Sunday, March 27, 2016

Mayor Barry wraps up most budget hearings. Everyone wants more money

Mayor Megan Barry wrapped up the Mayor's budget hearings  this past week for almost all departments, and it looks like everyone wants more money. The Mayor is yet to hear from the Schools and that is the department of local governments that gets the biggest share of metro dollars.

As reported in today's Tennessean here are the budget increase request from various departments:

  • Police, $12.1 million
  • Metro Hospital Authority, $7.5 million
  • Fire $7.1 million
  • Sheriff, no operating subsidy increase but $20 Million for capital request
  • Emergency Communications, $14.1 milliion
  • Parks, $2.9 million
  • Libraries, $1.9 million
  • Public Works, $3 million
  • Metro Arts Commission, $2.3 million
  • Metro Planning Department, $1 million
That is a lot of additional money being requested and schools will request a lot. After the Mayor hears from Schools and gets any follow up information she might have requested, then the finance department will estimate revenues for the coming year. The biggest source of revenue is the property tax, followed by the sales tax.  Some agencies such as Metro Water operate off of their own user fees. In the case of the water department they are funded by users when users pay their water bill. Some other departments get a significant portion of their budget from federal or state pass through dollars or from user fees.

Once the Finance Department has projected revenues, then the Mayor's office will draw up a proposed Metro Budget.  This budget is presented to the Council, then the council holds budget hearings and may reject the mayor's budget or substitute and pass their own budget. Usually the Council tweaks the mayor's budget and calld the tweaked version of the budget "the council's" budget and substitutes that budget for the mayor's budget.  This then is the "substitute budget" or also it may be called "the council's budget."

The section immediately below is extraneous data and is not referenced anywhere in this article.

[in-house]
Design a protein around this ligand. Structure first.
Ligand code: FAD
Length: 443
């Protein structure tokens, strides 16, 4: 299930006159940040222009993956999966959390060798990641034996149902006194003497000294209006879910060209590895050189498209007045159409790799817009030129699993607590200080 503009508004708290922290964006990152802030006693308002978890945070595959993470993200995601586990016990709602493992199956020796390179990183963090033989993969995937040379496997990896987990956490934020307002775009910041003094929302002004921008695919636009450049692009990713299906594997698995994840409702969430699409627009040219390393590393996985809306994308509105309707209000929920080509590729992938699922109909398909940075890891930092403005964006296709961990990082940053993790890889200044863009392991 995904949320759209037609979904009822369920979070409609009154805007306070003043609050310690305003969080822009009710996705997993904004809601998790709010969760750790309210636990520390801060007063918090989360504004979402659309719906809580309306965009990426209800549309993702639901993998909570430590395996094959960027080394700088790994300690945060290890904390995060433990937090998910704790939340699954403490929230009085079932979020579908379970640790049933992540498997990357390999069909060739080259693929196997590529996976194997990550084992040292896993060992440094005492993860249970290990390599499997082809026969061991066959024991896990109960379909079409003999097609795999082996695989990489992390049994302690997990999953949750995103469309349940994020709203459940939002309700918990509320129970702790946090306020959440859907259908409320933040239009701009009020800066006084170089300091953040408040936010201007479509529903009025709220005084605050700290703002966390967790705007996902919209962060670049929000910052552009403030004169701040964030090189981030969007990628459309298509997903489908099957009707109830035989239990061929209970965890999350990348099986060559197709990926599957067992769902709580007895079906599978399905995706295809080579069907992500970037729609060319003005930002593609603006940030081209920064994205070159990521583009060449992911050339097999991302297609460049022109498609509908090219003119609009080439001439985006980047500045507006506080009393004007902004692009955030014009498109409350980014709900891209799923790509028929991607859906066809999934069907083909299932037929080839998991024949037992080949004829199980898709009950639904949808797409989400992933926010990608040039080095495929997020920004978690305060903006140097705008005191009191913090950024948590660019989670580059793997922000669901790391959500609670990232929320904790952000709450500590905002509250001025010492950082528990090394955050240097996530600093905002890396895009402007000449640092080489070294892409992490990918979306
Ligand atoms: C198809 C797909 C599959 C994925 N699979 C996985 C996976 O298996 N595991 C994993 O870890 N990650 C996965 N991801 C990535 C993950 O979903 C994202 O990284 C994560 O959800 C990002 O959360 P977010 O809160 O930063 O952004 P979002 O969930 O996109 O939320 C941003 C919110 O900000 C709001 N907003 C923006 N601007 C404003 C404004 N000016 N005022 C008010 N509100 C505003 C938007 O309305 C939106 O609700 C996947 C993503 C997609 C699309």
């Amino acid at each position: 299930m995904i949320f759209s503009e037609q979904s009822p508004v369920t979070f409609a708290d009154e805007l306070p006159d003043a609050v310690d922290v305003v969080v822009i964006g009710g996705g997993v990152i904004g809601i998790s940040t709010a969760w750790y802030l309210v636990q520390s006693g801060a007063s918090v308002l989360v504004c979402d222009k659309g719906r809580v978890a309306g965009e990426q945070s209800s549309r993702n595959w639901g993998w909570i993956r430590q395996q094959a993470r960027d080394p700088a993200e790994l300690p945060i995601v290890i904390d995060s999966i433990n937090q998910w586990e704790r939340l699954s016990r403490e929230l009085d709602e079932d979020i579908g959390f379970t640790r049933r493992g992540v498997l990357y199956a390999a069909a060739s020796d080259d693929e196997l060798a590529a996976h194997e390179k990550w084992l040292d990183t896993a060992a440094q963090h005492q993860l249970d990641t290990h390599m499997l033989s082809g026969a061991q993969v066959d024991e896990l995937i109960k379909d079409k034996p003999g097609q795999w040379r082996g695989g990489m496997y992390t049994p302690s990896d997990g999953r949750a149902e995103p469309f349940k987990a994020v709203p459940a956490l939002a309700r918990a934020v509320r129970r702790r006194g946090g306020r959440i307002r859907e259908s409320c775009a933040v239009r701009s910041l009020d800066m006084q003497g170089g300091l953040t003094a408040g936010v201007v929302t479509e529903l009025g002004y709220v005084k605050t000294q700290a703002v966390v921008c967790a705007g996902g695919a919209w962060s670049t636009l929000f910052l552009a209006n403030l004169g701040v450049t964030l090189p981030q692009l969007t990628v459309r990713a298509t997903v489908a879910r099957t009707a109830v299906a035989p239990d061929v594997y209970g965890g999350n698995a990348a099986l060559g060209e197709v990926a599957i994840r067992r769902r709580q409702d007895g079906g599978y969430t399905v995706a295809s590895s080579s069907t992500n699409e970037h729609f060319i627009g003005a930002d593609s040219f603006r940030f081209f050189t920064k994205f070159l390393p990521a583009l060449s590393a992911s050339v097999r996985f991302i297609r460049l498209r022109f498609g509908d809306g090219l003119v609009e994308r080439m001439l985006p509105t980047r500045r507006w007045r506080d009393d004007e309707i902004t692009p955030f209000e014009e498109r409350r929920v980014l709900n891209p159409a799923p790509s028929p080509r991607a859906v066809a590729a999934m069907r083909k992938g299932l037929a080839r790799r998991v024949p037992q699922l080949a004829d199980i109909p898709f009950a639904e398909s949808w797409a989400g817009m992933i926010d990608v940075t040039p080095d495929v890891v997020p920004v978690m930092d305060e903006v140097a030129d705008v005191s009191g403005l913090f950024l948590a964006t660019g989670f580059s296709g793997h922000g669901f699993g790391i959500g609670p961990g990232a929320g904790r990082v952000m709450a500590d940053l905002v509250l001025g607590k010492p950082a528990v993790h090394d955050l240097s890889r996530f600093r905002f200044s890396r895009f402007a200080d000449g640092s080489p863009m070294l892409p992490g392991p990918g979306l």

There is a lot of confusion about the budget process.  You have no doubt heard council members say they voted against the budget. They often leave the impression that they were voting against a budget that raised taxes. I hate to tell you this but you are being mislead if the councilman left the impression they he was voting against a budget because it raised taxes. When the Council rejects a substitute budget or simply votes "no" on the mayor's budget, the mayor's budget become the official city budget anyway.  That is the way the charter is written.  So, if the mayor's budget would have required a  50 cent tax rate increase and the substitute budget would have required a 42 cent tax rate increase, the effect of voting against the substitute budget requiring a 42 cent tax rate increase is to vote instead for a budget requiring a 50 cent tax rate increase. I don't like that that is the way the charter is written, but that is the way it is and the public ought to know when they are being misled. A "no" vote for the substitute budget before the council is in effect a vote for the mayor's budget.

So, once the mayor presents her budget, the council will tweak it, substitutes the tweaked version for the original mayors budget and pass it. The mayor has already said she will not propose a tax increase this year, but no doubt the council will move a few dollars around in the budget and substitute anyway. They always do.

The current metro budget is $1.96 billion. Without raising taxes, revenue growth will result in a budget that exceeds $2billion this year.  Metro has never said, "we are bring in more revenue than last year, so why don't we cut taxes."  It just doesn't happen.  There is no pressure to cut taxes and there is always pressure to grow government. The mayor has said she will not raise taxes this year, but I am prepared for the mother of all metro tax increases in 2017, unless their is massive outpouring of opposition, and I don't see that happening and really doubt it would change the outcome anyway.

To read the latest from The Tennessean about the budget see, Nashville mayor borrows from 'Shark Tank' during budget process.

To understand why we can expect a major tax increase in 2017 see,  No tax increase in 2016 but look for a whopper of an increase in 2017!

For a deeper understanding of the Metro Budget and the budgeting process  and to see where the money comes from and where it goes see, Citizens' Guide to the Metro Budget.

To watch the individual budget hearing conducted by the mayor and to watch the department heads justify their budget increase request see, MetroGovNashville-Youtube. From the list of videos, find the department of government that interest you or sample a few of the hearings.

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